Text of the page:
What The Great British Baking Show Taught Me About Writing

It All Begins with Preparation

One of the first things you notice about the show is that all the ingredients and the equipment the baker will need for the challenge is already there at their table. That prep work helps the contestants stay focused. No scrambling for cream or flour – it’s at their fingertips. Likewise as writers, we need to make sure we’ve got all the necessary tools before we begin a major project. For some, that means outlining the plot using a structure like The Hero’s Journey or Save The Cat beats. It may involve research, either interviewing experts or delving into historical records. It might be preparing your space or learning a new software program. Regardless, spending time at the beginning to make sure everything you need is in place helps build your confidence and removes obstacles that might later impede your progress.

Embrace your uniqueness

Each baker in the competition gets the same instructions but how they interpret it, particularly in the show-stopper challenge, makes all the difference. For example, in Season 9, Freya declared herself a vegan cook from the beginning, which appealed to younger viewers or those looking for healthier alternatives; Lizzie played up her strength at flavors while downplaying her lack of finesse, even making it a running gag. So, too, the fiction writer has a myriad of choices available to them and must learn to lean into their unique tone, voice, and perspective if they hope to stand out from the crowd.

Attention to Detail

Bakers have to pay close attention to measurements, temperatures, and timings to achieve the perfect bake. Even a detail like how long they leave a cake in the oven or how many minutes they “prove” a dough can make a huge difference. Adding too much of one ingredient or too little of another, and the result can be tasted in the end product. The parallels to writing are obvious. Yes, in those first drafts, we can invite our creativity out to play, but later we need to leave time to meticulously edit our work, paying close attention to the micro-issues of grammar, punctuation, consistency, and overall clarity.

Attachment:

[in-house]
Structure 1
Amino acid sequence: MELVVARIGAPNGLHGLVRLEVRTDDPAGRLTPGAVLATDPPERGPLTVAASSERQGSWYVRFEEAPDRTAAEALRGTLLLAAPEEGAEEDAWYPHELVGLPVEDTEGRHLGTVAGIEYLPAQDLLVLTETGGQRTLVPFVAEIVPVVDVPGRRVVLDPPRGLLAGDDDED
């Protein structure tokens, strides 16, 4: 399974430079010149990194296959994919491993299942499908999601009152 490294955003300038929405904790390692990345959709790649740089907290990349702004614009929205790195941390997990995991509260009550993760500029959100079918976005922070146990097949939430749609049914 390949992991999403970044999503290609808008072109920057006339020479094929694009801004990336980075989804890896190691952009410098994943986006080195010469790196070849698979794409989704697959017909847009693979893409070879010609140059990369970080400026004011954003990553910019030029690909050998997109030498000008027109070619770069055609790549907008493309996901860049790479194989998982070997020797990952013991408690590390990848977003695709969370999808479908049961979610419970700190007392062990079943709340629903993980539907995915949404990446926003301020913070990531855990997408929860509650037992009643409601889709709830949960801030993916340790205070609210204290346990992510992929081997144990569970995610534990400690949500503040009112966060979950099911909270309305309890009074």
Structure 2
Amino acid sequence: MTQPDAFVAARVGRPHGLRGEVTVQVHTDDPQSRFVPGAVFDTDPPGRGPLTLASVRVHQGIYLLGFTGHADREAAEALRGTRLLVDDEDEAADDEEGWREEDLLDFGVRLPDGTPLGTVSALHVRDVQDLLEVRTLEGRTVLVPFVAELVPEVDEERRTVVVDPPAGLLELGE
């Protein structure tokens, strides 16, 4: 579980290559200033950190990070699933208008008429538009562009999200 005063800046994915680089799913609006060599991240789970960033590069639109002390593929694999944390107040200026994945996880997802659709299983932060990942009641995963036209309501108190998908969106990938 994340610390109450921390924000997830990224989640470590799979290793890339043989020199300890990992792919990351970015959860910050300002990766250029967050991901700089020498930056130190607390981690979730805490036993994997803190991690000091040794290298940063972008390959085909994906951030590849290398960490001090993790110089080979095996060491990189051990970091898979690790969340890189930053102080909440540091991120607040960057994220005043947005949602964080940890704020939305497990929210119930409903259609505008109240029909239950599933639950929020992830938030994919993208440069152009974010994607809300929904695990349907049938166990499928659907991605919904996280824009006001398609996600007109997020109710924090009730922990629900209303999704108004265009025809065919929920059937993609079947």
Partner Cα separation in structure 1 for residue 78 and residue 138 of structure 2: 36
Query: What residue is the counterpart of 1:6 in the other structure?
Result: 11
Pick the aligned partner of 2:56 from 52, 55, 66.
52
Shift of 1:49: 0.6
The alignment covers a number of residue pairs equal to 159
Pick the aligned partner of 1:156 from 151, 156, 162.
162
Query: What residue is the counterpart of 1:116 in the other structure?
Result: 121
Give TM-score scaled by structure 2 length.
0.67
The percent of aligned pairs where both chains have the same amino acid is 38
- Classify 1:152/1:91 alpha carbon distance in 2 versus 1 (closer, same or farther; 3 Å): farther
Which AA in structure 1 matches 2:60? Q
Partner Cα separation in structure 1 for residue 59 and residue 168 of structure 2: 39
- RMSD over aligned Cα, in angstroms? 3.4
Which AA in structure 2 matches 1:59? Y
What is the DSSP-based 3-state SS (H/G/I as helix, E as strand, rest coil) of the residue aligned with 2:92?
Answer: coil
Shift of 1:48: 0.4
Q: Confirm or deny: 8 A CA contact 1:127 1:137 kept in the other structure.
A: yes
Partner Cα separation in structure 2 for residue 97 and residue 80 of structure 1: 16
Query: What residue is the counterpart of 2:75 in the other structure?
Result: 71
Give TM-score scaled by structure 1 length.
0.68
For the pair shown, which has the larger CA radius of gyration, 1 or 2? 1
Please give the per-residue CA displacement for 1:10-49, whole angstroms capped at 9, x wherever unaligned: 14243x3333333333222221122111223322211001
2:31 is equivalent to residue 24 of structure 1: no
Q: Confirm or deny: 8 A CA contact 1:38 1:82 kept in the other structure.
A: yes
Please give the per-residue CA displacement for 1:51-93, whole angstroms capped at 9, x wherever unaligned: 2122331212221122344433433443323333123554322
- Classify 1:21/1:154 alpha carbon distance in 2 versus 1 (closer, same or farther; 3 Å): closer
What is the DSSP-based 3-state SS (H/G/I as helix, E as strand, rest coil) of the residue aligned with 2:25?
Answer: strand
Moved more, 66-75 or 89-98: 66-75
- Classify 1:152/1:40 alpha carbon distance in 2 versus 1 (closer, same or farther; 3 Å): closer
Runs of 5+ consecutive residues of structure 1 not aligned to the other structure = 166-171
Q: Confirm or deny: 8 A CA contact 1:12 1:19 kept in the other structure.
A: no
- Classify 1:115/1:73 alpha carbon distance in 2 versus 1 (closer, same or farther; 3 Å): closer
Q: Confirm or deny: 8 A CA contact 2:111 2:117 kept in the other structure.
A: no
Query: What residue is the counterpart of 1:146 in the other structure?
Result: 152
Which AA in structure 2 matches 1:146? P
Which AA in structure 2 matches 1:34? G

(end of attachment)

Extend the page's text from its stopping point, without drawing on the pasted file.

Support your fellow creatives

Even though the baking show is ostensibly a competition, you wouldn’t know it from the positive comments, hugs, and words of encouragement flying around the tent. When someone wins the weekly “Star Baker” designation, their fellow bakers are the first to give them a thumbs up; they’re also the first to encourage them when they receive a less than favorable review. Likewise, writers need to embrace their interactions with other creatives through critique groups, associations like RMFW, in-person retreats, or summer writing festivals. Writing fiction is notoriously brutal on the ego and surrounding yourself with a caring community, one where you both support and take nourishment from other writers, is the key to survival.

Embrace Failure as a Learning Opportunity

I’ve noticed that those bakers who make it to the finals are often the ones who took the criticism they initially got from the judges and changed either their approach or their attitude accordingly. We all like to think what we say can make a difference and the judges of the baking competition are no exception. Seeing someone grow and evolve over time, particularly in response to some hint from you, is a heady feeling. It’s the same with writers—listen to your instructors, your mentors, others with more experience than you. Read craft books. Analyze books you love. Listen to reactions from other writers with an open mind and an open heart. You may not agree with what you hear but learn to consider a comment before rejecting it.

Sometimes It All Comes Down to the Work

There aren’t any shortcuts in baking. It’s practice, repetition, time management, experimentation, doing it again, learning from mistakes, tweaking the recipe, trying again. It’s not unusual for a baker to say, “I’ve made this recipe at home twelve times.” And I love it when the bakers admit what they’ve made isn’t good enough and start over. It shows perseverance, gumption, and a drive to excel that bodes well for any endeavor, including writing. The old adage is true — it’s still “butt in the chair” for hours at a time. Art is work. Don’t let anyone convince you otherwise. You need stamina, self-discipline, and the ability to meet deadlines. You have to keep writing, keep revising, keep tossing out the schlock and shooting for the poetry. Every day.

Bon appetit — and keep writing!

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